Breaking political deadlocks and priming for a low pollution transformation Opinion Article

Jul 12, 2011 - 3:16pm

This was originally published in Climate Spectator on 12 July 2011.

By Will McGoldrick, Policy & Research Manager, The Climate Institute

Australia's efforts to cut pollution and tackle climate change took an important step forward on Sunday with the release of the 'Clean Energy Future' package of policy measures. In the coming days The Climate Institute will publish its preliminary analysis showing that while not perfect, this package can be a vital step towards a prosperous and competitive low pollution economy. 

Critically, the package is an opportunity to break the political deadlock that has been the main barrier to Australia getting on with the job of cutting pollution, reducing energy wastage and unlocking our world-class clean energy resources.

Australia’s political leaders have been squabbling and dithering on the issue of climate change for well over a decade. We’ve seen a series of policy failures and a number of false starts, with neither side of politics able to deliver an environmentally effective and politically achievable solution. There were signs of hope in 2007 when both the Coalition Government and the then Labor Opposition declared their support for a price and limit on pollution. But sadly we’ve had to endure almost five more years of high political drama.     

Now, after a nearly nine months of negotiations, and in the midst of an orchestrated scare-campaign by big polluting companies and their supporters, the Government, Greens and independents appear to have broken this political stalemate. 

Breaking the political deadlock is a highly significant achievement, which should be keenly welcomed by those of us who have closely observed and engaged in the intense debate over the last decade.  

However, the real strength of this package is what it will achieve on the ground. Indeed, if implemented well and with sufficient political will, it has the potential to kick-start the transformation of Australia’s economy from one that is overly dependent on pollution to one that will continue to thrive in the emerging global low pollution economy.

Let’s be clear: this policy package does not guarantee that Australia will meet its internationally committed, bipartisan, 2020 pollution reduction targets of 5 to 25 per cent reductions below 2000 levels. What it does do is set up a sound and credible policy framework that puts that full target range within reach.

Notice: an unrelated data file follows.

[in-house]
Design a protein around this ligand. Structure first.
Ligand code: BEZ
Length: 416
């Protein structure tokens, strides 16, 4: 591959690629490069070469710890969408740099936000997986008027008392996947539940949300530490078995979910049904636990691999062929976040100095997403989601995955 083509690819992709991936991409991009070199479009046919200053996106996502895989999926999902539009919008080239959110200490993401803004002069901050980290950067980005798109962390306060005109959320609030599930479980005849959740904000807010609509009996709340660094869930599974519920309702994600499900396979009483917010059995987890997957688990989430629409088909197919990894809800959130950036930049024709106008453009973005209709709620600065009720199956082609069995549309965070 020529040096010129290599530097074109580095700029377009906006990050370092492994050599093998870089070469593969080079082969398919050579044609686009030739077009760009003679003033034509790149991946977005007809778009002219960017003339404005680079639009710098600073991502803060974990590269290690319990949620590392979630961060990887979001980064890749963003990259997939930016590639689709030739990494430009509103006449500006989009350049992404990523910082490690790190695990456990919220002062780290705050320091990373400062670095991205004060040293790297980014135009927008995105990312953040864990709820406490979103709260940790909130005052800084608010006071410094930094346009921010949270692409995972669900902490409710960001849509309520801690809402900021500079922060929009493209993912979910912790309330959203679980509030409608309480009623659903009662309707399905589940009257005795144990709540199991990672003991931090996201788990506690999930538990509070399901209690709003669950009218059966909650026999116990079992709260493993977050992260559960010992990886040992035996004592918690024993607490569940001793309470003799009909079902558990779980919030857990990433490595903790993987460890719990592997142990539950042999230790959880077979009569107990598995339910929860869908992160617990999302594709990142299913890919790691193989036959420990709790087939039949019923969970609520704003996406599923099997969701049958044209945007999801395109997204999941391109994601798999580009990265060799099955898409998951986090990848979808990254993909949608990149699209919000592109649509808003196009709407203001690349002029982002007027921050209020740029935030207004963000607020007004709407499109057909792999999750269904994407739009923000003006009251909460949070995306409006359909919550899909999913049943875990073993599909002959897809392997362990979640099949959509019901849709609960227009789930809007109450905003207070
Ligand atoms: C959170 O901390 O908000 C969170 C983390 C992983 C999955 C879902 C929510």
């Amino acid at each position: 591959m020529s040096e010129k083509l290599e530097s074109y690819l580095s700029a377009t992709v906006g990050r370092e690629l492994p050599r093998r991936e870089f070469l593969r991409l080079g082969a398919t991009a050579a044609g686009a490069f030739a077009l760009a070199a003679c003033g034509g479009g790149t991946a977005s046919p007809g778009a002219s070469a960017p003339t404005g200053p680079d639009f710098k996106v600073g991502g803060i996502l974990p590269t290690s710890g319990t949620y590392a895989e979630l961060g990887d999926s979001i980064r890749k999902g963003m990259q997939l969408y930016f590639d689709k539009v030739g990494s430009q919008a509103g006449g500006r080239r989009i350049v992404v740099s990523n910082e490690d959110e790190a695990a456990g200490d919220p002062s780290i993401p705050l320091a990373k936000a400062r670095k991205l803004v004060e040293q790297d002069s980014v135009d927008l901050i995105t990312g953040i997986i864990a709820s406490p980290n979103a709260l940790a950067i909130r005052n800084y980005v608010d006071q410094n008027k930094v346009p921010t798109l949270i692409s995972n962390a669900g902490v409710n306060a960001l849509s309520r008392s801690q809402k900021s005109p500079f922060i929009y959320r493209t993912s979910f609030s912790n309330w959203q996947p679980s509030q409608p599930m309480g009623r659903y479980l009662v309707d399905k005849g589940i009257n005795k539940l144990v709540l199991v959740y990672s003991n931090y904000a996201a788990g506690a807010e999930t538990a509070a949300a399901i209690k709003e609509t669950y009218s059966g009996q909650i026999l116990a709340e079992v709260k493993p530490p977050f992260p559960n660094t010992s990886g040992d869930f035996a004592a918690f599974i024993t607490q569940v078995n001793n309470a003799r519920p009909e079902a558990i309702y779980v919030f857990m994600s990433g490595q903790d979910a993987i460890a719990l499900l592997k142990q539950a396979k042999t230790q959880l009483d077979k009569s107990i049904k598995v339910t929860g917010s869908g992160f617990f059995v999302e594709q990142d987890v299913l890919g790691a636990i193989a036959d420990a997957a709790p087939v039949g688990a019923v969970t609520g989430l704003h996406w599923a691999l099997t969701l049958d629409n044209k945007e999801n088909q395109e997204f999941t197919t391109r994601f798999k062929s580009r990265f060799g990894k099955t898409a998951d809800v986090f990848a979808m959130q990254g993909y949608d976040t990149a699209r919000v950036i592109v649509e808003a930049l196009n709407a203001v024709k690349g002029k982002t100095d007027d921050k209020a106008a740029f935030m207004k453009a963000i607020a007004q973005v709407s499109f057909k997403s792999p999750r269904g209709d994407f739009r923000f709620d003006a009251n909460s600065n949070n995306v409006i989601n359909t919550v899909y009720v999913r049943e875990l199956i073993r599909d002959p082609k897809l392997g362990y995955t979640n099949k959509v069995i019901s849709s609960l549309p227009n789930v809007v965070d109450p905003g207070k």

This is achieved through a combination of price signals, hard limits on pollution, energy efficiency, carbon farming, early retirement of brown coal generators, and funding for innovation and accelerated deployment of low pollution and clean energy technologies, improved regulations.   

In order to deliver the highest possible pollution cuts, the challenge will be to ensure each of these policy levers is well designed and working to maximum effect, to ensure Australia’s economy will be well primed to deliver the greatest possible pollution cuts. 

Let’s see what that could look like. 

The pollution price will apply, either directly or indirectly to over two thirds of Australia’s total emissions. This includes the electricity sector and all major and rapidly growing industrial sources of pollution. Importantly, from 2015 onwards, the price will be combined with a limit on pollution that will apply to around 50 per cent of Australia’s total emissions. 

The fact that the starting pollution price will be relatively low and the eventual cap will not cover all of Australia’s emissions underlines the importance of having the other policy mechanisms working well. 

In the electricity sector alone, it is estimated that a limit and price on pollution will save at least 20 million tonnes of pollution by 2020. However, this could be doubled if combined with the proposed early retirement of brown coal generators, assuming these are replaced with renewables. Even greater levels could be achieved if the proposed $13 billion in seed funding for clean energy is well targeted over the next five years. 

The proposed energy efficiency programs, including the National Energy Savings Initiative will also play a crucial role, particularly if they are up and running and in full swing early within the fixed price period. The same goes for the Carbon Farming Initiative. 

Another important design feature is the link to international markets. It makes economic sense to allowing Australian businesses to partially meet their pollution reduction obligations through investments in credible overseas projects. Crucially, this also enables Australia to make a much larger contribution to global pollution reduction efforts than if we acted in isolation. If our political leaders get it right, most of the pollution cuts can occur at home and international credits can be used as a top up to allow Australia to make a greater contribution to global efforts.

The policy package announced on Monday also opens the door for much needed independent institutions and mechanisms enabling expert reviews and advice about the realities of the science as well as the realities of global action. Greater levels of independent advice, combined with growing international pressure, should help to force Australia’s political leaders, as they must, to lift their gaze well above the 5 per cent target by the time the first caps are set in 2015. 

If this package is passed later this year then we can end over a decade of political squabbling, move through the fog of fear and misinformation on climate action and focus on the far greater risks and opportunities.


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